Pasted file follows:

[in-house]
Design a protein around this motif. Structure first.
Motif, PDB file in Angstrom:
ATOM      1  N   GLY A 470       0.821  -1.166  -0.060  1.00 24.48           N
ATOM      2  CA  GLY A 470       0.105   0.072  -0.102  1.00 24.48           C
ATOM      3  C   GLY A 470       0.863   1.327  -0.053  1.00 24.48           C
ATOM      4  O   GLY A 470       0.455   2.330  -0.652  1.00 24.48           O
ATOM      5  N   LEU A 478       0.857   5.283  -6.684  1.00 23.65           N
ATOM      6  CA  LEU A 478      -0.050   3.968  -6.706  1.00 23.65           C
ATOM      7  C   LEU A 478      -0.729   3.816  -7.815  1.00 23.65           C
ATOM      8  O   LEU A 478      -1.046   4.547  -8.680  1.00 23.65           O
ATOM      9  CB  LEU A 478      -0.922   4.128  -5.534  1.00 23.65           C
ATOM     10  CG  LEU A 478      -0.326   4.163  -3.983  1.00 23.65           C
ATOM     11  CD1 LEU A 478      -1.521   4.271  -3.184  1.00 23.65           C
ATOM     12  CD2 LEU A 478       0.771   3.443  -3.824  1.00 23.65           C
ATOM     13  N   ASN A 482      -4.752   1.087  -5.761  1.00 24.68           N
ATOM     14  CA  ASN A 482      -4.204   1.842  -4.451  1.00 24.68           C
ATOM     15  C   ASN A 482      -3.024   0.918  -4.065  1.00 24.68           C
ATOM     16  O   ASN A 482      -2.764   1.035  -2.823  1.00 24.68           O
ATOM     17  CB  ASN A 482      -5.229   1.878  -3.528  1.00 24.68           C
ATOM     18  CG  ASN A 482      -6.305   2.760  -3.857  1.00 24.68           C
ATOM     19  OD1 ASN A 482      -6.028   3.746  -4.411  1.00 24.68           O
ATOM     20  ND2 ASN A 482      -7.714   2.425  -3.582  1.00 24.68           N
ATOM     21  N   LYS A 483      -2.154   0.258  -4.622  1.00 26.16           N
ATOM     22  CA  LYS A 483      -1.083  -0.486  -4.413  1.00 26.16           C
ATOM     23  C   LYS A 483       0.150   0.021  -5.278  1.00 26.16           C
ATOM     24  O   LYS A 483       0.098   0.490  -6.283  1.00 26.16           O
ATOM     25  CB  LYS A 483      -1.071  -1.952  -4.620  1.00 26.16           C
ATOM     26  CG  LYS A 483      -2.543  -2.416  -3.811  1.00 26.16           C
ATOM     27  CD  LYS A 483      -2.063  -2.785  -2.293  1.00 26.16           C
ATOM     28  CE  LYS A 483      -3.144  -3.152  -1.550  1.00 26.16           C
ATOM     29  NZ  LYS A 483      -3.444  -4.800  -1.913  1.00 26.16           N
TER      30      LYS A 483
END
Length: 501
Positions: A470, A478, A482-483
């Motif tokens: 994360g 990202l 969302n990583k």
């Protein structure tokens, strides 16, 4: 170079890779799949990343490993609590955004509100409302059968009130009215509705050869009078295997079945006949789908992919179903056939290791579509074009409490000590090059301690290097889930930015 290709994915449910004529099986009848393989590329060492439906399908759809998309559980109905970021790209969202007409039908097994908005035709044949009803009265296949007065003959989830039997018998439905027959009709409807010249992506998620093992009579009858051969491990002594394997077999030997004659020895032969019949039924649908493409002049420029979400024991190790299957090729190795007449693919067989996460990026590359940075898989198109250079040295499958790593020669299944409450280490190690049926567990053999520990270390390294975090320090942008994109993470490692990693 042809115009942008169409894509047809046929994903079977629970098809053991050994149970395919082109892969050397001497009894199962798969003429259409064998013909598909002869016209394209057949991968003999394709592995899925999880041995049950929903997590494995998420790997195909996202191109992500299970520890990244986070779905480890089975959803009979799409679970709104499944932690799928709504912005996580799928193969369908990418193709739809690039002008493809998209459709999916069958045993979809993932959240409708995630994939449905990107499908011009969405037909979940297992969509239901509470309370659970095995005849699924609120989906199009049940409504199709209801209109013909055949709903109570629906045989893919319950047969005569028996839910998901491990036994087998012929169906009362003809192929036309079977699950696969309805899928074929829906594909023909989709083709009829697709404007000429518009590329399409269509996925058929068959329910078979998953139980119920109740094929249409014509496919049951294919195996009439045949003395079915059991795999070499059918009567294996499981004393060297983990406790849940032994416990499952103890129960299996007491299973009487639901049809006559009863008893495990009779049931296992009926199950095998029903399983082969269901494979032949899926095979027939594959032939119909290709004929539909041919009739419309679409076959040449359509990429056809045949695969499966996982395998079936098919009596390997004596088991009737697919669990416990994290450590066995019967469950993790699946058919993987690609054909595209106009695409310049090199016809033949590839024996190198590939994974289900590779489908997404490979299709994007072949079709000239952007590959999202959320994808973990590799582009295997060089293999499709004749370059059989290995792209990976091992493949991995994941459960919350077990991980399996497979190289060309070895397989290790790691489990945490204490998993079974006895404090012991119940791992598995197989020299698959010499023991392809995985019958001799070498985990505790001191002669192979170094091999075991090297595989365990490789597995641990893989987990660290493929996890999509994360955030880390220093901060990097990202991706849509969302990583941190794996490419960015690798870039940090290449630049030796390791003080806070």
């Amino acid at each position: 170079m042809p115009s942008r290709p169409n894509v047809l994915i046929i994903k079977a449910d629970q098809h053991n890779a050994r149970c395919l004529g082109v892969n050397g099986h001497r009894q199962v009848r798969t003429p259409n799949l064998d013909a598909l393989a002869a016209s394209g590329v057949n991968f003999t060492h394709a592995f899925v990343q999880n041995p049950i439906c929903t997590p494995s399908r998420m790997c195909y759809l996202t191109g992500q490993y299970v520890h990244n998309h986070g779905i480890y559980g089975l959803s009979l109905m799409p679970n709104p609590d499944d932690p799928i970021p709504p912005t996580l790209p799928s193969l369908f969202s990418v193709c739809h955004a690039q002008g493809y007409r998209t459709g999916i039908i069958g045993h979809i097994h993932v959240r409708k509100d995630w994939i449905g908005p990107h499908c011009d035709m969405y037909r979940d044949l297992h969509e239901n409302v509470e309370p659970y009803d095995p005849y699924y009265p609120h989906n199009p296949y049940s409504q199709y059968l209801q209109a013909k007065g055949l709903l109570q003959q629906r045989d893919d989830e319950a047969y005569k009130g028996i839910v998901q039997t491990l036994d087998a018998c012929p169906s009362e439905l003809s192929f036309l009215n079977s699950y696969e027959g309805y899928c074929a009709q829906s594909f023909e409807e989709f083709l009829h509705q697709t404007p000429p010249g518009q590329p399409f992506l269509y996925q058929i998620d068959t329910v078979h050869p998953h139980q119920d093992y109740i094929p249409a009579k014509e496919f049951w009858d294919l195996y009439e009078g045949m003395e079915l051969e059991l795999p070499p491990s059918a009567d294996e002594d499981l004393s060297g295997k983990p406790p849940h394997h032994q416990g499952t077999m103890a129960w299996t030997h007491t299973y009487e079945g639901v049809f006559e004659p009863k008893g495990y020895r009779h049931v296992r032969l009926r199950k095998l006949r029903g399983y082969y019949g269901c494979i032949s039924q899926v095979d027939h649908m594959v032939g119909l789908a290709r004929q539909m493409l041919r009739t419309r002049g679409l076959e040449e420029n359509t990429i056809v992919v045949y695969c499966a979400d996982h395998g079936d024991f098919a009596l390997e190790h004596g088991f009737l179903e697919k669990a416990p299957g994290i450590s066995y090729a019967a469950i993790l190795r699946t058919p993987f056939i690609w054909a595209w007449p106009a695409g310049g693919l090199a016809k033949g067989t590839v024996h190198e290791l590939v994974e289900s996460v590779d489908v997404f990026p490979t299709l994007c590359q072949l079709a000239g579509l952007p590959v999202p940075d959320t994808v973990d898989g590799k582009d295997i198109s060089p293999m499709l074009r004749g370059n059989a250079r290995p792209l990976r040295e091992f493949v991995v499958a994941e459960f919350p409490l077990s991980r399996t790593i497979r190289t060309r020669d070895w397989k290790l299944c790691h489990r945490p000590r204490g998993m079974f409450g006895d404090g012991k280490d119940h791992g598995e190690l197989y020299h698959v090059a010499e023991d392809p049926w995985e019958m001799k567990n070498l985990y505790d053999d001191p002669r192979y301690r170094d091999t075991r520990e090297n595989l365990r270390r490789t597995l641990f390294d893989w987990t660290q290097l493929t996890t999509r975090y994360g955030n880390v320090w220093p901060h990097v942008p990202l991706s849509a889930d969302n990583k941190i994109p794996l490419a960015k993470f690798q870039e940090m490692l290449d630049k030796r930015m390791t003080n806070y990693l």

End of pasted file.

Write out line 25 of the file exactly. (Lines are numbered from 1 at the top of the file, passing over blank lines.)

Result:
ATOM     22  CA  LYS A 483      -1.083  -0.486  -4.413  1.00 26.16           C